{This book was published by Peachtree Press in March of ’08, and I also reviewed this title here in March. I have to add that my wee daughters and I read our library copy of this book so very, very often that we have our own little “Albert the fix-it-man” ditty, which I just KNOW you all are so sad to not be able to hear. Heh.}

“This is a spread from Glass Slipper, Gold Sandal: A Worldwide Cinderella by Paul Fleischman. The art is inspired by wycinanki, Polish paper cutting. This and all of my paintings are gouache on paper.”

{This book was published by Henry Holt in September of last year, and I also reviewed this title here in March. See what I mean? Everything’s been comin’ up Julie lately here at 7-Imp, but seeing her art work simply makes life better, I say.}

“These are some papercuts I did of Adam and Eve. They are about five feet tall. Lately I’ve been experimenting with combining painting and paper cut images.”

We can’t thank Julie enough for stopping by today and gracing our site with her illustrations. It’s going to be hard to post anything above this and scoot her post on down our main page. I kinda want to leave it up there forever. Thanks, Julie!

As a reminder, our weekly 7 Kicks list is the meeting ground for listing Seven(ish) Exceptionally Fabulous, Beautiful, Interesting, Hilarious, or Otherwise Positive Noteworthy Things from the past week — whether book-related or not — that happened to you (as well as featuring artists like Julie). You — yes, you reading now — are more than welcome to leave your kicks from the week, whether you’ve ever done so before or not.

* * * Jules’ kicks * * *

1). Most supreme kick of all this week? Julie’s visit and her beautiful art work.

2). “Cutting a Swath,” the collaborative crown sonnet (posted here in its entirety) by Liz Garton Scanlon, TadMack, Kelly Fineman, Sara Lewis Holmes, Tricia Stohr-Hunt, cloudscome, and Laura Purdie Salas. Hoo boy, what an exciting creative adventure they undertook, huh?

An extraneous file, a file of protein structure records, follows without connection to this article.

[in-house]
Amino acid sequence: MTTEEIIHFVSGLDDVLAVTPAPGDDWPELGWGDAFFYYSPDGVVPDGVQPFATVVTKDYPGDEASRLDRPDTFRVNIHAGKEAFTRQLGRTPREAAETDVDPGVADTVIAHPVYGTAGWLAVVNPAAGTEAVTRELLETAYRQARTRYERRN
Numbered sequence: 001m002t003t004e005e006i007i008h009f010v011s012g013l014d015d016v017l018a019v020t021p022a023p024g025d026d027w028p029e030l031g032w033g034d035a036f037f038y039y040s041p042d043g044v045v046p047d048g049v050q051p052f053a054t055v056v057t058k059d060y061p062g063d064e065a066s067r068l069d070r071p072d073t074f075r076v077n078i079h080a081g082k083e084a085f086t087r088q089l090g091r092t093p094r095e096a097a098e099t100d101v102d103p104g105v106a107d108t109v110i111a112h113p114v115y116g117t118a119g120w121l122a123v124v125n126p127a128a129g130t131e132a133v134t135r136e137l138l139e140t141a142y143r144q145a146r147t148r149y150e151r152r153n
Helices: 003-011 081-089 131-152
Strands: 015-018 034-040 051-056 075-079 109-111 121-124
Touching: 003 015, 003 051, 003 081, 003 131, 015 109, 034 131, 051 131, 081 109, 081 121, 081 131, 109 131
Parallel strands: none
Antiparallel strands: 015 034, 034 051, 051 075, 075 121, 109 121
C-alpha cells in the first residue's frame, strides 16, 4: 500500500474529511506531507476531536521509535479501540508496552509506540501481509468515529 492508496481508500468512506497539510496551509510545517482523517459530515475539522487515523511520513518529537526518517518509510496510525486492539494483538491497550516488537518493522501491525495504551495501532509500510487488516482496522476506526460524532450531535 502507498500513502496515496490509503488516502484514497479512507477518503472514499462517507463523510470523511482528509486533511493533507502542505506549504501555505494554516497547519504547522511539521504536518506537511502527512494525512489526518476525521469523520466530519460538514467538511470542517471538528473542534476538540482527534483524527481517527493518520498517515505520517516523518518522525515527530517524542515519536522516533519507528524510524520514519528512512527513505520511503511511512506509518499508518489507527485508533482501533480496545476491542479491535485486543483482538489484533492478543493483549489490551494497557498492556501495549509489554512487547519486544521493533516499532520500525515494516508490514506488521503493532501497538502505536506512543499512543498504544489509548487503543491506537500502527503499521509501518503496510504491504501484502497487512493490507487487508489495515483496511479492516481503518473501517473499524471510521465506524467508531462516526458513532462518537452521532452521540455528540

3). Finally reading The Fairy Tales (translated by David Walser) with Jan Pieńkowski’s elegant silhouette illustrations and hand-lettering. What a handsome book, and my oldest was literally shaking as we read Snow White and Hansel and Gretel. Ah, the drama of those traditional fairy tales. Good for the wee ones they are. Remember: Albert Einstein said, “If you want your child to be brilliant, read them fairy tales. If you want your child to be a genius, read them more fairy tales.”

4). Speaking of the oldest, she got into a two-day-a-week Parents’ Day Out program for this coming Fall. It’ll be exactly one year before she enters kindergarten. Don’t get me wrong: I’m certainly a mother who needs time to herself, but will it make sense when I say, I miss her already?

5). This library poster from the State Library of Iowa. Thanks to Your Neighborhood Librarian — who has some great posts about the need to unfug the ALA READ posters — for the link.

6). The “This I Dream” series of essays and art over at Authors + Illustrators for Children. You can already read Virginia Euwer Wolff’s essay on music education and George Ella Lyon’s essay on peace. The essays to come are listed here. Many thanks to Jama for the link!